Wolf-Ferrari


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Wolf-Ferrari

(Italian ˈvɔlfferˈraːri)
n
(Biography) Ermanno (erˈmanno). 1876–1948, Italian composer born of a German father, in Germany from 1909. His works, mainly in a lyrical style, include operas, such as The Jewels of the Madonna (1911) and Susanna's Secret (1909)
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Performances tourists can view include Manon Lescaut by Giacomo Puccini from June 15 to 22, Un Ballo in Maschera by Giuseppe Verdi on June 29, The RoyalBallet School on July 6, and the double bill Il Segreto di Susanna and Iolanta by Wolf-Ferrari and Pyotr Ilyich Tchaikovsky on August 3.
A double-bill of two comic one-acts, the first by Donizetti, the second by Ermanno Wolf-Ferrari, March 9,12,14,17, 20 and 23 at the Sarasota Opera House.
[Official promo image for the event, November 27, 2017 -- CairoOperaHouse Facebook] "Susanna's Secret" or "Il segreto di Susanna" is a one-act intermezzo first performed in 1909 by Ermanno Wolf-Ferrari. It is a romantic comedy about a married couple's misunderstanding when the husband smells smoke on his wife's clothes and fears she's been with another man, though the truth is stranger and funnier than he could have guessed.
Among other concertos, we can look forward to the Beethoven with violinist James Ehnes, and the UK premiere of the Violin Concerto by Wolf-Ferrari (the Venetian composer best known for his operas Susanna's Secret, and Jewels of the Madonna); soloist here is Francesca Dego, and Daniele Rustioni conducts.
He also sang Alfred in Die Fledermaus, Don Jose in Carmen, Filiperto in Wolf-Ferrari's I quatro rusteghi, Alfredo in La traviata, among other roles that I did not hear.
The production is the fifth collaboration between the RLPO and the European Opera Centre since 2006, with previous performances including Wolf-Ferrari's Il Segreto di Susanna (Susanna's Secret) and Mendelssohn's Die Hochzeit des Camacho (The Wedding of Camacho).
Wolf-Ferrari composed another set of rispetti, opus 12--also lovely.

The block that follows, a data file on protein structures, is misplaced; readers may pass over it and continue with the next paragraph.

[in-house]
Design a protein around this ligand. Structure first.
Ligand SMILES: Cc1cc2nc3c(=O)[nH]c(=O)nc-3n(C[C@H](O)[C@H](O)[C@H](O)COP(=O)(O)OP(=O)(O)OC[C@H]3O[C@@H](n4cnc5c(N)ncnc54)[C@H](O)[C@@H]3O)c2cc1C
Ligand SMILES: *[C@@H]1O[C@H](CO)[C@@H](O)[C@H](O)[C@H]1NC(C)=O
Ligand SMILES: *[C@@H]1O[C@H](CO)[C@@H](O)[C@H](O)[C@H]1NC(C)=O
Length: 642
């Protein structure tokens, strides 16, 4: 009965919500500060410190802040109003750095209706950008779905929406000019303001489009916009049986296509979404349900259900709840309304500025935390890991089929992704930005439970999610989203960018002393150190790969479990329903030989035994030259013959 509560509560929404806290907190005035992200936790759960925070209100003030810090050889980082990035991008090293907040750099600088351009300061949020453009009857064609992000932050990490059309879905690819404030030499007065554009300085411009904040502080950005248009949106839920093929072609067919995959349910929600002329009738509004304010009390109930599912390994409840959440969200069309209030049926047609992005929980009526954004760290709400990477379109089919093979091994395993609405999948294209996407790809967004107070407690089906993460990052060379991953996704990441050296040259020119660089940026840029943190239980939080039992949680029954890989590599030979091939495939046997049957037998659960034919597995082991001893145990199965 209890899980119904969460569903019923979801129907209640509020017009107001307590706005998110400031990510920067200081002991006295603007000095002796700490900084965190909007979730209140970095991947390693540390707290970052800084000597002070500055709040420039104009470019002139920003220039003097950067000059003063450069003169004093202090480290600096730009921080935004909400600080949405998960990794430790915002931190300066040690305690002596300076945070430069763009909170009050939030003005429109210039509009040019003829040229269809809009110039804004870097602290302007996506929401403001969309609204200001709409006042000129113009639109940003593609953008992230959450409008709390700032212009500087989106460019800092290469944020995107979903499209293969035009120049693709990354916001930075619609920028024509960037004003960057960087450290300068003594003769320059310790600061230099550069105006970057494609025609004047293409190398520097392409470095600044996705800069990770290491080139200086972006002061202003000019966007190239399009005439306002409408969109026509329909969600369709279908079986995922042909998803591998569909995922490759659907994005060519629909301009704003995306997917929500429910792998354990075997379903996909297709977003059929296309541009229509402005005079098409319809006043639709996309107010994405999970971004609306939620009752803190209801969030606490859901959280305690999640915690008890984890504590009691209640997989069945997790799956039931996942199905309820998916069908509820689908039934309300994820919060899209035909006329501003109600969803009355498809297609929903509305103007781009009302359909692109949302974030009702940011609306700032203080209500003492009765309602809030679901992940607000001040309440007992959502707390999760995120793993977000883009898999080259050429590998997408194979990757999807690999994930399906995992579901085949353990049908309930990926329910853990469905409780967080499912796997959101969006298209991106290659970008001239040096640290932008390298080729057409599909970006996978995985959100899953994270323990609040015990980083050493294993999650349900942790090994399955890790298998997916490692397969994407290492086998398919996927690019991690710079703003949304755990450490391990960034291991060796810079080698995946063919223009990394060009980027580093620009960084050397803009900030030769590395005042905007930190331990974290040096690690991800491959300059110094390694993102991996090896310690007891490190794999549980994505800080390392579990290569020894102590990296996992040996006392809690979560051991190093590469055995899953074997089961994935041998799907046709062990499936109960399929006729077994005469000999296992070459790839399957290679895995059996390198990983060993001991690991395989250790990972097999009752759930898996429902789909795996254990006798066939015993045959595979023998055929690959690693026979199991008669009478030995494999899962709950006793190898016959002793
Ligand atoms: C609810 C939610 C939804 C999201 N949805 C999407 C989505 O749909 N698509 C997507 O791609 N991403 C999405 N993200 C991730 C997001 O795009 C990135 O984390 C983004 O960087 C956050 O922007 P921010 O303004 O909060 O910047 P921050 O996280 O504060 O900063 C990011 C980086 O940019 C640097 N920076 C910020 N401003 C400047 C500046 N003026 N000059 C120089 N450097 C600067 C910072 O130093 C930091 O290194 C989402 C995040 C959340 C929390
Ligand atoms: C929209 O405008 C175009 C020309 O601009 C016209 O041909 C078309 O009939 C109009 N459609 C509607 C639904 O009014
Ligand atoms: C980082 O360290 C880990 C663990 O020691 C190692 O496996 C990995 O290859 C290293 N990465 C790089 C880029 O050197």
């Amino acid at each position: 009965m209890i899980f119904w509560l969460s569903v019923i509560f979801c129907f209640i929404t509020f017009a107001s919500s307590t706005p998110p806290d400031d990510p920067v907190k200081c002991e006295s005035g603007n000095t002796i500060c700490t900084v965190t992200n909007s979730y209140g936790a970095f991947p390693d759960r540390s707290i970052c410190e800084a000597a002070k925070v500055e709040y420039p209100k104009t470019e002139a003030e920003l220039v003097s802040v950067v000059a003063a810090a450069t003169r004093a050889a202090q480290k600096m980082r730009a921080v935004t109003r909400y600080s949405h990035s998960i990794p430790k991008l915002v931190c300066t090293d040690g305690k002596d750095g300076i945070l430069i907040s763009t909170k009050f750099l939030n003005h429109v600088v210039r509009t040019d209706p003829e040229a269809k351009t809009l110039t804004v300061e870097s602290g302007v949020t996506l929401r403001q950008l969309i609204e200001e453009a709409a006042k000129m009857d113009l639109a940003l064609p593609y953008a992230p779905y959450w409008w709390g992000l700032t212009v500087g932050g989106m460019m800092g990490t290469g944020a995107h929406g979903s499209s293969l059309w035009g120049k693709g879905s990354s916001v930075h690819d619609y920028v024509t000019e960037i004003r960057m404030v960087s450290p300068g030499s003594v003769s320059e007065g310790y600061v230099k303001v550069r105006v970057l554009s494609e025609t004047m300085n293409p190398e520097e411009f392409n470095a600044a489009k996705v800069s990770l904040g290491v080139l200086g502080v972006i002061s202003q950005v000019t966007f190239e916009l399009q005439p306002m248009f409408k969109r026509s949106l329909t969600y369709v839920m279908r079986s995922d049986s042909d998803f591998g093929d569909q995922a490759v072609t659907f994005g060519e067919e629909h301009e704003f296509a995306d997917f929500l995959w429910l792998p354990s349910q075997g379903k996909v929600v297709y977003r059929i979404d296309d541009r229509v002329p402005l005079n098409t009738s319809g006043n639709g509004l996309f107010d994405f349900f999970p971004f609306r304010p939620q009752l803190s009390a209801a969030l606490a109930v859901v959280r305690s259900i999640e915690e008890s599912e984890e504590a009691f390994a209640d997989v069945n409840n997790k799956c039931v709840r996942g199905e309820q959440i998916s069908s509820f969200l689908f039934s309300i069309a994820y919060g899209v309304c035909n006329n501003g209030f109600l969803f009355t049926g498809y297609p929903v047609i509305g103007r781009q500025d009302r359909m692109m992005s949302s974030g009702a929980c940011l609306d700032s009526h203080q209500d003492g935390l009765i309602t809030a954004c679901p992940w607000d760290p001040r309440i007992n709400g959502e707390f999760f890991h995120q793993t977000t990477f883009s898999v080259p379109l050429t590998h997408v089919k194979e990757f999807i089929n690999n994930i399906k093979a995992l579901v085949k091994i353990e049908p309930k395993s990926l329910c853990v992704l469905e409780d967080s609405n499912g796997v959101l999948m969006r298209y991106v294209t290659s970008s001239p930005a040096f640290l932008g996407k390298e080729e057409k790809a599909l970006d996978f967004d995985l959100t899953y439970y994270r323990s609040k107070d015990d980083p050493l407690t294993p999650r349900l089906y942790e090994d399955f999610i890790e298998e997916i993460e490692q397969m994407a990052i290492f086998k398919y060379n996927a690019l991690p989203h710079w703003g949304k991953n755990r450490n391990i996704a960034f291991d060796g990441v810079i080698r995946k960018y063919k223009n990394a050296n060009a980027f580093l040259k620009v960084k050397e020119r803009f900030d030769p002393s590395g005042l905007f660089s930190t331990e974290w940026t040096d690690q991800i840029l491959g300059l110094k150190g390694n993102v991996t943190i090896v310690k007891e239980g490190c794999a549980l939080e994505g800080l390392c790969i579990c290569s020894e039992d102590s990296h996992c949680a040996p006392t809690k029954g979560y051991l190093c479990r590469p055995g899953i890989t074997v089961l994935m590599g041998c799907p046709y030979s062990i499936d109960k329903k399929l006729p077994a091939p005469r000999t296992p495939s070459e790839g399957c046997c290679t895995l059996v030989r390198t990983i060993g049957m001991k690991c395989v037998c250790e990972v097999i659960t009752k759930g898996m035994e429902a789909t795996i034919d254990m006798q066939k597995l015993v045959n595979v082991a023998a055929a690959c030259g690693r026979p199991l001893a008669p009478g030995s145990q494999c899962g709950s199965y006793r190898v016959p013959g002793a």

And Petrenko has another opera, Wolf-Ferrari's School for Fathers, in cahoots with the European Opera Centre, and Shostakovich symphonies including No 7 the Leningrad, forming part of the ongoing recording project for Naxos records.
In Chapter Three, "The NBC Repertory," Frank breaks down the concert programs by composer, from Kurt Atterberg to Ermanno Wolf-Ferrari. He categorizes each piece in terms of availability of recordings--"Unissued Repertory," "Unofficially Issued Repertory" and "Officially Issued Repertory"--and critiques performances from all categories.
Wolf-Ferrari: Sinfonia da camera; Strauss: Kaiser Waltz (arr.
The viola d'amore received compositions by Paul Hindemith (who also performed on the instrument), Hans Pfitzner, Frank Martin, Cyril Scott, Matyas Seiber, and numerous others, including Ermanno Wolf-Ferrari, whose duo for viola d'amore and gamba (op.
A minor comic one-act piece, Wolf-Ferrari's Susanna's Secret, the only joke in which is that the heroine smokes, and Puccini's little verismo shocker Il Tabarro, in which a struck match misunderstood leads to a bargee's murder of his wife's lover, are yoked to Carmen (because of the Seville cigarette factory) in this chapter, as if the smoking element could possibly give any one of these works an interesting bearing on either of the others.